1: var Player = function (elementName, side) {
   2: var position = [0,0];
   3: var element = $('#'+elementName);
   4: var move = function(y) {
   5: }
   6: return {
   7: move: move,
   8: getSide: function() { return side; },
   9: getPosition: function() { return position; }
  10: }
  11: }

We can then lay out player movement, stopping the motion if the player sprite reaches the top or bottom of the window.

   1: var move = function(y) {
   2: // Adjust the player's position.
   3: position[1] += y;
   4: // If the player is off the edge of the screen, move it back.
   5: if (position[1] <= 0) {
   6: position[1] = 0;
   7: }

The height of the player is 128 pixels, so stop it before any part of the player extends off the screen.

   1: if (position[1] >= innerHeight - 128) {
   2: position[1] = innerHeight - 128;
   3: }

If the player is meant to stick to the right side, set the player position to the right edge of the screen.

   1: if (side == 'right') {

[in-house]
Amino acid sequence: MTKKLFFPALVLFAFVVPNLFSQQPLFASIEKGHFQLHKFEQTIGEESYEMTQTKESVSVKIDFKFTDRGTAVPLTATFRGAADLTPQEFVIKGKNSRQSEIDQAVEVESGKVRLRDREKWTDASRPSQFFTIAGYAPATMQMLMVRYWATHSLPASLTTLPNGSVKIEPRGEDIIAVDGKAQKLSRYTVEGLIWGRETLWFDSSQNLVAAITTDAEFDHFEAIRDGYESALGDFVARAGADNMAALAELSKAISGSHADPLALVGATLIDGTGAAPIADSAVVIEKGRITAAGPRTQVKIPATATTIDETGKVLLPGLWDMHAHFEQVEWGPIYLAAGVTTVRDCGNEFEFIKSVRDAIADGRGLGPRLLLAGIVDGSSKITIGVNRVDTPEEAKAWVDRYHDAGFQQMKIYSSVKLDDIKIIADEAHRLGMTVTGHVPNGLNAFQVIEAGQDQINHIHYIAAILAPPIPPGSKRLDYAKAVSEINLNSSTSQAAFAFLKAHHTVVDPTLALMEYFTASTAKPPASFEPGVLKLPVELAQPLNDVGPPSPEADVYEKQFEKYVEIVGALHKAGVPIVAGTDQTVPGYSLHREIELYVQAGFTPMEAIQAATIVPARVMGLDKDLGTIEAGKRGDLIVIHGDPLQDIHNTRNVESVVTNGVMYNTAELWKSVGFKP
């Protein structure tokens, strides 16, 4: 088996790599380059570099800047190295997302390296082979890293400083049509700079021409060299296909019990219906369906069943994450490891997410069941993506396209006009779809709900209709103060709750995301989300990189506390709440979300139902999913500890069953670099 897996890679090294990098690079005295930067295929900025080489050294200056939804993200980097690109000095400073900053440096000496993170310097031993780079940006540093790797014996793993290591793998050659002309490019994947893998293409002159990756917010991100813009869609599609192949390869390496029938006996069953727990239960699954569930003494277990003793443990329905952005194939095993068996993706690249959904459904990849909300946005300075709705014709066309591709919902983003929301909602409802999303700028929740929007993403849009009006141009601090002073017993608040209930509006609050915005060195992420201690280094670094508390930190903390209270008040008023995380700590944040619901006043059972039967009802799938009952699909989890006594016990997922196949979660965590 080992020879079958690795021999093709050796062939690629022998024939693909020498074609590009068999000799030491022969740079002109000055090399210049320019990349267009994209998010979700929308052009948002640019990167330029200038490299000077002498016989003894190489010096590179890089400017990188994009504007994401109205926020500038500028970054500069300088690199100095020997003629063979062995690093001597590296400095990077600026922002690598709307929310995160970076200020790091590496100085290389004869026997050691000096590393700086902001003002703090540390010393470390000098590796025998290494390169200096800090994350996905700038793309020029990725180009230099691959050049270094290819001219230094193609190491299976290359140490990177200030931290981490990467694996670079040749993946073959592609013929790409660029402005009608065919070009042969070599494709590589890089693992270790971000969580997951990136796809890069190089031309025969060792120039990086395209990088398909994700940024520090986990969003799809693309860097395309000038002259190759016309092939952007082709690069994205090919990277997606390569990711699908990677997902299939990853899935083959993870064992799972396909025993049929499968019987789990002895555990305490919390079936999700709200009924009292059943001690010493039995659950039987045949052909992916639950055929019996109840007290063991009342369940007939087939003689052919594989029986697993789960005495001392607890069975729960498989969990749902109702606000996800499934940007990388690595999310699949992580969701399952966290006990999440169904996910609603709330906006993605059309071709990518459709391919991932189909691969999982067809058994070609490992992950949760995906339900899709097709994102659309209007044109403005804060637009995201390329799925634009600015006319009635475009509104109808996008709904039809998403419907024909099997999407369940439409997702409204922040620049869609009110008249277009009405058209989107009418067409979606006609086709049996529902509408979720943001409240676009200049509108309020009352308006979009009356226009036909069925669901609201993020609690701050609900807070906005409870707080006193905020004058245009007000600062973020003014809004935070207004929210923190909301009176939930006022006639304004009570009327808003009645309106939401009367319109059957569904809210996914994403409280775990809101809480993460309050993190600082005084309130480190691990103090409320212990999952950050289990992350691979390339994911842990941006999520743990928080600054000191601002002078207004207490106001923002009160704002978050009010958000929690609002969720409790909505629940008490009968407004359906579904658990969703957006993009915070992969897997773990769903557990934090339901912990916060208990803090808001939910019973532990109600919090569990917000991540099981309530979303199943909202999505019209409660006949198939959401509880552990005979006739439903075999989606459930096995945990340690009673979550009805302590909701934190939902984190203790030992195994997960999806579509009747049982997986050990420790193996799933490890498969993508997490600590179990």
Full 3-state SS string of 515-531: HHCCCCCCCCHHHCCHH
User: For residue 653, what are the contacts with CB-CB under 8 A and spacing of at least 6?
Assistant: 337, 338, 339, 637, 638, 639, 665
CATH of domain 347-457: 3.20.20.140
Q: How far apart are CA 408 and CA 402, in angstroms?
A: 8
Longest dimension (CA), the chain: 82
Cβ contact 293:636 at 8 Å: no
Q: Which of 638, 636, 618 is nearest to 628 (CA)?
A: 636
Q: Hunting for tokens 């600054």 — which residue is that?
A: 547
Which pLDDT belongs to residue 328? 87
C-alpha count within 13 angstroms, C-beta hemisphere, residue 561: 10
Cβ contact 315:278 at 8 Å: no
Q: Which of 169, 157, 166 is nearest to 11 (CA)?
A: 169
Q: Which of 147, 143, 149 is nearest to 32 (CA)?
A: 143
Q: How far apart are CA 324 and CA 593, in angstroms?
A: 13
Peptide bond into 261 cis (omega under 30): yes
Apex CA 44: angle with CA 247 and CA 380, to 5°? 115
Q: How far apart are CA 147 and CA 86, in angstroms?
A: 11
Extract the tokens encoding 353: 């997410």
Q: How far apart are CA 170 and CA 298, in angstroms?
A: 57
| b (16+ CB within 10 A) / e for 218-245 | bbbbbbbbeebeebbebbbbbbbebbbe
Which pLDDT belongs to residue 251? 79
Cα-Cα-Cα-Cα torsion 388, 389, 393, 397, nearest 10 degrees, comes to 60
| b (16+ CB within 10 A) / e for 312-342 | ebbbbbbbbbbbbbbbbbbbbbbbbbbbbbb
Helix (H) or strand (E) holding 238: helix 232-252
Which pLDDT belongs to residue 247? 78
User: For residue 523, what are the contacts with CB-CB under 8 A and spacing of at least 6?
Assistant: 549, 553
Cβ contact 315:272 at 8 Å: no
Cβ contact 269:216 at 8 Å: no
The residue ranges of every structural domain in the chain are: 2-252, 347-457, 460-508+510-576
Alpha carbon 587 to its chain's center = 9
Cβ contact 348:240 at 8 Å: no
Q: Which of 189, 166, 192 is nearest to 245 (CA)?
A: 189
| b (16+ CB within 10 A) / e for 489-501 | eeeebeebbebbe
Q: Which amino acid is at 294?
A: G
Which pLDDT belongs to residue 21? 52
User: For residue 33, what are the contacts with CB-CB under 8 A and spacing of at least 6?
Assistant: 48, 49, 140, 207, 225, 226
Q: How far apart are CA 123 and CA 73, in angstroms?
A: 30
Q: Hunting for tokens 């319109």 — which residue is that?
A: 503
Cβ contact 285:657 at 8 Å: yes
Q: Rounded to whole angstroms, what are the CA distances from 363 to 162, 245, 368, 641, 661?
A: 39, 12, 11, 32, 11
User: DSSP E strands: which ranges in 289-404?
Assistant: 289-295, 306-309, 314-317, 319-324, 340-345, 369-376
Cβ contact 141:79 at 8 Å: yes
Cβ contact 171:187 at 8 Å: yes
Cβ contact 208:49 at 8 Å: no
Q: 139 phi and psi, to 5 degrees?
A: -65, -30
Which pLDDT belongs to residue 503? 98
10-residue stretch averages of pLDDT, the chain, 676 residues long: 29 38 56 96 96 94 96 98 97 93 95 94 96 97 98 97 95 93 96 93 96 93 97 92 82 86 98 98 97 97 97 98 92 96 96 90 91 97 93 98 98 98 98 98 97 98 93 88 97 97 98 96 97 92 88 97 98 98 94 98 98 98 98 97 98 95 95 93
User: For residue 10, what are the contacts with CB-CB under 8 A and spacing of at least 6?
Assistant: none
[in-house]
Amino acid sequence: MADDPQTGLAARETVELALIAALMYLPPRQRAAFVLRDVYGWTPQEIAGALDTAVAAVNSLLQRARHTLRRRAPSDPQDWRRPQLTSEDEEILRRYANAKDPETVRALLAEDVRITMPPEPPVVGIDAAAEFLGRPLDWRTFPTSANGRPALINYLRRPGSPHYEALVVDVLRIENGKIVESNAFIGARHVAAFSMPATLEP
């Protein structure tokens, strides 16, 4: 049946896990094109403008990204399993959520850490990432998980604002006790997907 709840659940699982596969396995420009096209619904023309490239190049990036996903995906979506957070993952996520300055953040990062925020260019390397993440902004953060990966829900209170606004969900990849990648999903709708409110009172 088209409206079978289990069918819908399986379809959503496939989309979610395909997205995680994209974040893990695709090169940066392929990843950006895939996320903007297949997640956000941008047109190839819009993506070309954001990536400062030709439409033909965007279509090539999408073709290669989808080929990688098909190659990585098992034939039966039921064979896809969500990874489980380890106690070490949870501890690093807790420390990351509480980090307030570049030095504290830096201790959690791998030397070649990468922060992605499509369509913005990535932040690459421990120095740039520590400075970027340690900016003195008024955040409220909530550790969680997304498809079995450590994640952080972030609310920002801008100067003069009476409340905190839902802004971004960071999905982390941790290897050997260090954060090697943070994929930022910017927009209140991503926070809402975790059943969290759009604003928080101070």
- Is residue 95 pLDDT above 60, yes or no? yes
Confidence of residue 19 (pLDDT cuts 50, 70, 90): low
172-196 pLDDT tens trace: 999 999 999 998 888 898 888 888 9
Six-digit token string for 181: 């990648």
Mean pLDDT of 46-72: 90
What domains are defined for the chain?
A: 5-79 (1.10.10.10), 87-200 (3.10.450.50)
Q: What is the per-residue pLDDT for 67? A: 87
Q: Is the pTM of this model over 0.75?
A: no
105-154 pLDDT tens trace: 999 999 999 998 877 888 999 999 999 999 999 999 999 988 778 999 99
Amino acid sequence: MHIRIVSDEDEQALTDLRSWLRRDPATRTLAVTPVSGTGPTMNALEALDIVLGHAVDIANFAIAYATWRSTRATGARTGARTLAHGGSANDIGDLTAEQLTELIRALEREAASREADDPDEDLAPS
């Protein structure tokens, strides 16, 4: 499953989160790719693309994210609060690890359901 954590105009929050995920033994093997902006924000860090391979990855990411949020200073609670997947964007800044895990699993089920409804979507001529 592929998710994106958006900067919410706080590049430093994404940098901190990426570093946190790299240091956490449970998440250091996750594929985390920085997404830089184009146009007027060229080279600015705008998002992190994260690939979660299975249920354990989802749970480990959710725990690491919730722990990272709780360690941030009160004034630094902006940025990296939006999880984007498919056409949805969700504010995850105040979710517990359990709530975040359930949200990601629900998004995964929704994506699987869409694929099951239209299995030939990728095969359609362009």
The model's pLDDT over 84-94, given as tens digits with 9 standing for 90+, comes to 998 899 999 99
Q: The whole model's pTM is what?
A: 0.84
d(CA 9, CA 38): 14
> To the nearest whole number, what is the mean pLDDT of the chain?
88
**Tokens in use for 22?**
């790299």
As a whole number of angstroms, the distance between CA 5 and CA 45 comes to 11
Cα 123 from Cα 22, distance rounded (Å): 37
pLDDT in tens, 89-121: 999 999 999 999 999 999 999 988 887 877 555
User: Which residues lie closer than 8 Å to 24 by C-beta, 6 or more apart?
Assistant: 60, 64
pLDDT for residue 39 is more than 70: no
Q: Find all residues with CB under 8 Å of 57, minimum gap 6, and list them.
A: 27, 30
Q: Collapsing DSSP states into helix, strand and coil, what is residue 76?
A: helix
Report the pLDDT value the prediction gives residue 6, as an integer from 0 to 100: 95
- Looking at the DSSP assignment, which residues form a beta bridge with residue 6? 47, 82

2: position[0] = innerWidth - 128;
   3: }

Finally, update the player’s position on the page.

   1: element.css('left', position[0] + 'px');
   2: element.css('top', position[1] + 'px');
   3: }

I can now create two players and have them move to their appropriate side of the screen:

   1: player = Player('player', 'left');
   2: player.move(0);
   3: opponent = Player('opponent', 'right');
   4: opponent.move(0);

So in theory you can move the player, but it won’t move without instruction. Add some controls to the player on the left.

You want two ways to control that player: using the keyboard (on PCs) and tapping the controls (on tablets and phones).

To ensure consistency between touch inputs and mouse inputs on various platforms, I’ll use the great unifying framework hand.minified there are others like https://github.com/jquery/PEP

First, I’ll add the script to HTML in the head section:

   1: <script src="hand.js"></script>